In his book United, Senator Cory Booker addresses the problem of recidivism in the United States criminal justice system, and asks if society should be doing more to reduce the rates of people continuing crime after serving time and facing subsequent arrests. Many people return to prison after completing sentences for non-violent crimes and the ideas about why and the solutions put forward to reduce relapse into negative behavior are varied. Booker argues that our system is currently not set up in a way to help re-integrate prisoners and that the system creates larger burdens for minority and poor individuals.
Booker writes, “People have themselves to blame for their decisions; that is undeniable. But don’t we have a legal obligation to structure a system that is balanced, not savagely slanted against minorities and the poor?” He focuses on the personal responsibility for our decisions and actions, but shows that our decisions and actions do not take place inside a vacuum. Society is a contributing factor, and how we structure our system can in many ways shape how people respond and whether negative actions and behaviors seem to be worth the cost or seem to be the only option one has. Booker continues, “Don’t we have a moral responsibility to offer redemption to someone who has paid his debt instead of unyielding retribution against him and his family?”
We are in a challenging place where many of our jobs are becoming service and technology jobs focused on our mind and not on our physical strength. As we move in this direction, our jobs require that we handle more sensitive information and have more interactions with the people that a business depends on. In these jobs, integrity is important, and employers increasingly avoid hiring people that have been arrested. Previous convictions serves as a measuring stick for integrity. As jobs move away from physical labor, we end up with fewer opportunities for those who have past convictions.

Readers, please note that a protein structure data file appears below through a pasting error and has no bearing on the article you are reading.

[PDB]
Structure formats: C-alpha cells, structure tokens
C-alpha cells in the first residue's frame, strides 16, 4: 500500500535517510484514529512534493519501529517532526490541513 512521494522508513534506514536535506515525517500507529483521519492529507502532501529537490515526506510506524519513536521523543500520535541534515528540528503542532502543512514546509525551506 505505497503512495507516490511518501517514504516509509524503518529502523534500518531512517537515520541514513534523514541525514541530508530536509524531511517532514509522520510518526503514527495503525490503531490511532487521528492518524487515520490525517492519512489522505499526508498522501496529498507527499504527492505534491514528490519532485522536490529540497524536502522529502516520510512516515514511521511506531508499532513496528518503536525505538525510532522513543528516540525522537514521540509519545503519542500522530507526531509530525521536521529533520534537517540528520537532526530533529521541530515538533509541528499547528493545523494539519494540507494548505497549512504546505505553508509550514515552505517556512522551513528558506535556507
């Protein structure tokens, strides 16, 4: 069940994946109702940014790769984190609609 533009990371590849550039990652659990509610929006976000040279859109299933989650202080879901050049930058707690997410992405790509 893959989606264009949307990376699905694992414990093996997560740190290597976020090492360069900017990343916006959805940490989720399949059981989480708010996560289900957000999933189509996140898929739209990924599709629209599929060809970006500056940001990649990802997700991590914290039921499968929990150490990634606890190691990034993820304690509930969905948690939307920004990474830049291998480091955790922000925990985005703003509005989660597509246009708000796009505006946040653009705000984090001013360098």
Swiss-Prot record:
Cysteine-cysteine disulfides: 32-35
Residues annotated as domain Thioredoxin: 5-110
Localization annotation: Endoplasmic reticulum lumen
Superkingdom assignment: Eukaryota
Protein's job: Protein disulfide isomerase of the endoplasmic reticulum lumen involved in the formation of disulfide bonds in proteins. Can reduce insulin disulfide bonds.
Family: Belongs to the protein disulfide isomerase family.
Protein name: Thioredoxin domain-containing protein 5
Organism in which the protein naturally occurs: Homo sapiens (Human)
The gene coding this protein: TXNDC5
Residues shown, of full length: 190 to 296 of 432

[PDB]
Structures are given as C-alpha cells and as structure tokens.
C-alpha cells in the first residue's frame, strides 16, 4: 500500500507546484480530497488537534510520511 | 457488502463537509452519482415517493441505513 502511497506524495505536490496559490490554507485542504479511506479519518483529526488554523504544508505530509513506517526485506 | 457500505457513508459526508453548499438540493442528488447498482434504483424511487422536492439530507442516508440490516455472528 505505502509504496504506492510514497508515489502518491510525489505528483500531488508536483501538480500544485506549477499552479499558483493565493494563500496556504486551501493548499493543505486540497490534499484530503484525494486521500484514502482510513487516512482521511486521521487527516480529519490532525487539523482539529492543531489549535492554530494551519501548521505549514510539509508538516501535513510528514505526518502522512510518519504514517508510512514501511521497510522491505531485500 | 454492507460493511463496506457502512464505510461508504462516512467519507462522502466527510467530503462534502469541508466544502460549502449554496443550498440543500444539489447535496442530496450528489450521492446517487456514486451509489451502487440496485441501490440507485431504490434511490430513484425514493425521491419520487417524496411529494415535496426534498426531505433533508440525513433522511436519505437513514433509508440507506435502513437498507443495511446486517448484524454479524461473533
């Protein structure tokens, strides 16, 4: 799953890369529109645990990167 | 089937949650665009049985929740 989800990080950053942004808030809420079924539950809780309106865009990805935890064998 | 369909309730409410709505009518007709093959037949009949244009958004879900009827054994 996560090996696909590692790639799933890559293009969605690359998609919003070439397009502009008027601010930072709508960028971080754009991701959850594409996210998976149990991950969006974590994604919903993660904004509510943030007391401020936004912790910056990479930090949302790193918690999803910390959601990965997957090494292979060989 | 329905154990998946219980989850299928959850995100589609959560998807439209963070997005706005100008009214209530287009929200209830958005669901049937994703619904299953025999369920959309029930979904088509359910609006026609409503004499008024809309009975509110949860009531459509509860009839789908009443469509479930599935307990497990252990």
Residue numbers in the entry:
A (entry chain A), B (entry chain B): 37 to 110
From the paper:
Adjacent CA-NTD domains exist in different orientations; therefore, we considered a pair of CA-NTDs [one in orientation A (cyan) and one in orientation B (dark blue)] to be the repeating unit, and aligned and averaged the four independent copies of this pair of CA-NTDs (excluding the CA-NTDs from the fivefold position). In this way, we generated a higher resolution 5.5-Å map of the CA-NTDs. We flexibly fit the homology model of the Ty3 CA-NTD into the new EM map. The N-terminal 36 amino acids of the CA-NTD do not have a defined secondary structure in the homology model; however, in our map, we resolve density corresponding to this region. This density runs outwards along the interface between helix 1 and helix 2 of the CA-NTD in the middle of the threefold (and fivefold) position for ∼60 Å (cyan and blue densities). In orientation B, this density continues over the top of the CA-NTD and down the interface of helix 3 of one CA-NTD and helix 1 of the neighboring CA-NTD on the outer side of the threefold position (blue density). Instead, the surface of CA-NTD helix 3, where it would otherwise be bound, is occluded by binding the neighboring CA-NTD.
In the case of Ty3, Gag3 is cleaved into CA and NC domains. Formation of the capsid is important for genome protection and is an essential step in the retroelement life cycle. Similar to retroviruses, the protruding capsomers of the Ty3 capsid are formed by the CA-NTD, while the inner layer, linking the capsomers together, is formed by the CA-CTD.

Many government programs also require background checks for individuals and felony or misdemeanor charges can make someone ineligible for things like housing assistance. As a result, individuals who may struggle to find a job also end up being ineligible for government assistance and are stuck in a situation where their only option appears to be more criminal activity.
These individuals may have more opportunities than turning to continued criminal activity, but in a world where everything seems to be telling them that they are no longer a worthy human being, it can be understandable that someone slips back to crime. The way we treat people who have been arrested often does not align with our beliefs that everyone deserves a second chance. The system as it is set up now does offer some supports for those who have been arrested and need help re-joining society, but our actions seem to show that we would rather isolate those who have been to jail rather than help them re-join society, change their behaviors and actions, and have a second chance. At some point we must look at where we have drawn the line between personal responsibility for negative actions and behaviors, social responsibility for crime and recidivism, and acceptable and appropriate punishment. I believe that at some level we don’t actually care about those who are arrested, and instead choose to draw a line in the moral sand because punishing those who are less moral than we are allows us to feel good about ourselves. In this view, the punishment of others is not about those who have done wrong at all, it is simply about making ourselves feel superior.